Aliens in This World

An ordinary Catholic and a science fiction and fantasy fan.

Wednesday, January 28, 2004

An Unplottable Parish: Lovable and Loony

A lot of us Catholics (or Catholic bloggers, anyway!) like to categorize parishes as being conservative or liberal or moderate, orthodox or un-. The problem is that this doesn't always work. Just as with people, a parish can be difficult to explain with a single word.

Presented for your consideration: St. Alexander's in Farmington Hills, Michigan...or, excuse me, "The Servant Church of St. Alexander". That was the first thing that had my eyebrows raised as we went into the former school building now acting as a church. Was this some kind of Eastern Rite parish? Or, God forbid, had I misjudged the guy who invited me and was about to enter some kind of weird RadTrad or superliberal parish not in communion with Rome? I mean, science fiction fans have been known to be a bit wacky, and I was going with this guy I knew from the local science fiction convention....

A look at the multiple bright banners and posters in the parish hall portion of the church complex could have given me the answer. But my native guide filled me in. The parish is very big on service, particularly to the poor, and spends most of its budget (and more than their budget, sometimes, said my native guide) on that. The "Servant Church" thing was supposed to remind them of that. But among the bright banners also hung, in a place of prominence, a big old brightly painted crucifix. Usually in your really liberal parish, they try to hide any Catholic art which predates the sixties.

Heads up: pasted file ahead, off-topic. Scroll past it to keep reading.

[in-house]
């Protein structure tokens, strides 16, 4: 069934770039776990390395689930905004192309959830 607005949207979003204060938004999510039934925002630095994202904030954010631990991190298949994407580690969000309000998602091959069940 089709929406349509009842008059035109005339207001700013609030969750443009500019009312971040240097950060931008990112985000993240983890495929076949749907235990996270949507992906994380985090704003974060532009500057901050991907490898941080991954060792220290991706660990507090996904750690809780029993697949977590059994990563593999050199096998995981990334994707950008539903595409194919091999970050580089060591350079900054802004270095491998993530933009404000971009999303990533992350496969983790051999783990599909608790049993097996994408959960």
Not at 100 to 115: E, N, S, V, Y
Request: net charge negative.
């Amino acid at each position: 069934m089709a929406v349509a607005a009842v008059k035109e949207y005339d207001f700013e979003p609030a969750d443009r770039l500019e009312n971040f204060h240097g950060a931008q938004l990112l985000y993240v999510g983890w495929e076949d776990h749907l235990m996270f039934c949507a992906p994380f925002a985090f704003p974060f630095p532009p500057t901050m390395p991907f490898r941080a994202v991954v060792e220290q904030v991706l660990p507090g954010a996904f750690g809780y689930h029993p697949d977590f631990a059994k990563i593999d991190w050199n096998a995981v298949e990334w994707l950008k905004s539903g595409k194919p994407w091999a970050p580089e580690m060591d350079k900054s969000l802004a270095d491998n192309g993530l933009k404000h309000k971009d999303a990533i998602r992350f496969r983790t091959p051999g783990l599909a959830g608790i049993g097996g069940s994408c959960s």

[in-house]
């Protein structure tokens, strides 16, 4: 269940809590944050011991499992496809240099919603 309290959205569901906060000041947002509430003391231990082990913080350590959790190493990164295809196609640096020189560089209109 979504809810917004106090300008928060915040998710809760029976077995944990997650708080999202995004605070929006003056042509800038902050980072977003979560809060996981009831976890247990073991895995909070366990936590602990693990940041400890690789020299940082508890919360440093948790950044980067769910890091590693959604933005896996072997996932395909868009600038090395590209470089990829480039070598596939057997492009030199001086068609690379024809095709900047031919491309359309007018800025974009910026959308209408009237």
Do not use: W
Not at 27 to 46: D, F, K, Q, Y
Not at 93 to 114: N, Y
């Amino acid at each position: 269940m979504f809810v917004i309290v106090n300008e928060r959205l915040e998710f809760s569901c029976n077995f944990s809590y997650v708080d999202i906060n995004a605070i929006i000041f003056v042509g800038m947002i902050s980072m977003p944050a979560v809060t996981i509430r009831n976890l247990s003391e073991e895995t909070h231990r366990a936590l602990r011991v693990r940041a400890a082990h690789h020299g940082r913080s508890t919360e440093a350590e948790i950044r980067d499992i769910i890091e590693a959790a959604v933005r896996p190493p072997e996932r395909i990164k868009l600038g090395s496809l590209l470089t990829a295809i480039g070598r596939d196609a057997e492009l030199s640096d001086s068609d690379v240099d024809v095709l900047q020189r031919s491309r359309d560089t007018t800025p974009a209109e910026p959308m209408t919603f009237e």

It's a small parish, but apparently very tightknit. The people were very welcoming to me, and, like my native guide, seemed very proud of their parish. (My native guide drives a decent distance to attend here.) There was a veil-wearing sister, a bright-eyed, cheery older lady who reminded me strongly of the nuns at my school. The priest at our Mass was the short beardy guy who's second from the right in the back row of their webpage's picture. The photo doesn't show that he has a walker and some kind of breathing apparatus. (I don't know the story on that; I didn't like to ask my native guide.) He gave me the impression that he was a good priest, both personally pious and beloved by his congregation. We'll get to the other impression he gave me later.

The church area itself...hmm. Well, it seemed to have been renovated recently. It wasn't totally unattractive, either. I think I've seen and disliked the renovators' work before. You know -- build a little tile dais, with the altar and priest's chair and oils and such standing on it, all in the same wood? (I must admit it looked a lot nicer in a converted school building than that old German church in Toledo. Mostly because it fought wildly with said Toledo church.) But I can deal with tile -- though why there wouldn't be a handicapped ramp in a parish that has a priest with a walker baffled me. (The Toledo church had ramps galore up to the dais. Stupid ramps, but ramps.) It took me a while to figure out where the tabernacle was, because it was in this BIG tube thing of decorated wood. But at least it was right next to and behind the altar, instead of somewhere halfway to BFE. (The Toledo church had it over in the wall off to the right, where many would be seated with their backs to it. It made my skin crawl, sitting there. If I'd realized, I would never have sat on that side.)

The thing is...why would you renovate a church with tile floors and then choose gray and gray-blue as your tile colors? In Michigan, where it's winter most of the year? Dang, they could have made pictures on the floor in green and gold and red and deep blue!